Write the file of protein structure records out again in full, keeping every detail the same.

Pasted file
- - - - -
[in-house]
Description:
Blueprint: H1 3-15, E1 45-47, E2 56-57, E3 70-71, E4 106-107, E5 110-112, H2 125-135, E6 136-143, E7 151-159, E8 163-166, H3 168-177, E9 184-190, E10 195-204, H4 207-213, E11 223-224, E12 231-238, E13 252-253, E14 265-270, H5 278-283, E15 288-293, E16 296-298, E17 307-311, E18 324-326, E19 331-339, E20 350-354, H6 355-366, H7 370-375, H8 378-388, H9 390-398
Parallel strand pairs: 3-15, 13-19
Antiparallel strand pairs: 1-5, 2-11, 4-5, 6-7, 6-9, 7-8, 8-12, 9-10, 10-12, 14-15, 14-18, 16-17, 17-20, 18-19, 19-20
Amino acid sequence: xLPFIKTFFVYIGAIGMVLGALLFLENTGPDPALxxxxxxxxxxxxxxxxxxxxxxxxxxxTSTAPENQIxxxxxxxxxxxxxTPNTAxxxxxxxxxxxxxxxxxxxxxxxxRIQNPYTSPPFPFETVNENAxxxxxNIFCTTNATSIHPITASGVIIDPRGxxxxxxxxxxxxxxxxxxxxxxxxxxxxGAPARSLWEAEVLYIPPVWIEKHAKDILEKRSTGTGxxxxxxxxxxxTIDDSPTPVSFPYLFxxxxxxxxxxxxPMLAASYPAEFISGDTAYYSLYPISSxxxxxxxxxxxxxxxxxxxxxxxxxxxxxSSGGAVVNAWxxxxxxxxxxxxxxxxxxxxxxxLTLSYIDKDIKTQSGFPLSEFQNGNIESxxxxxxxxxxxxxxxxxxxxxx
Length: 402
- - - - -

[in-house]
Description:
Blueprint: H1 3-15, E1 45-47, E2 56-57, E3 70-71, E4 106-107, E5 110-112, H2 125-135, E6 136-143, E7 151-159, E8 163-166, H3 168-177, E9 184-190, E10 195-204, H4 207-213, E11 223-224, E12 231-238, E13 252-253, E14 265-270, H5 278-283, E15 288-293, E16 296-298, E17 307-311, E18 324-326, E19 331-339, E20 350-354, H6 355-366, H7 370-375, H8 378-388, H9 390-398
Parallel strand pairs: 3-15, 13-19
Antiparallel strand pairs: 1-5, 2-11, 4-5, 6-7, 6-9, 7-8, 8-12, 9-10, 10-12, 14-15, 14-18, 16-17, 17-20, 18-19, 19-20
Amino acid sequence: xLPFIKTFFVYIGAIGMVLGALLFLENTGPDPALxxxxxxxxxxxxxxxxxxxxxxxxxxxTSTAPENQIxxxxxxxxxxxxxTPNTAxxxxxxxxxxxxxxxxxxxxxxxxRIQNPYTSPPFPFETVNENAxxxxxNIFCTTNATSIHPITASGVIIDPRGxxxxxxxxxxxxxxxxxxxxxxxxxxxxGAPARSLWEAEVLYIPPVWIEKHAKDILEKRSTGTGxxxxxxxxxxxTIDDSPTPVSFPYLFxxxxxxxxxxxxPMLAASYPAEFISGDTAYYSLYPISSxxxxxxxxxxxxxxxxxxxxxxxxxxxxxSSGGAVVNAWxxxxxxxxxxxxxxxxxxxxxxxLTLSYIDKDIKTQSGFPLSEFQNGNIESxxxxxxxxxxxxxxxxxxxxxx
Length: 402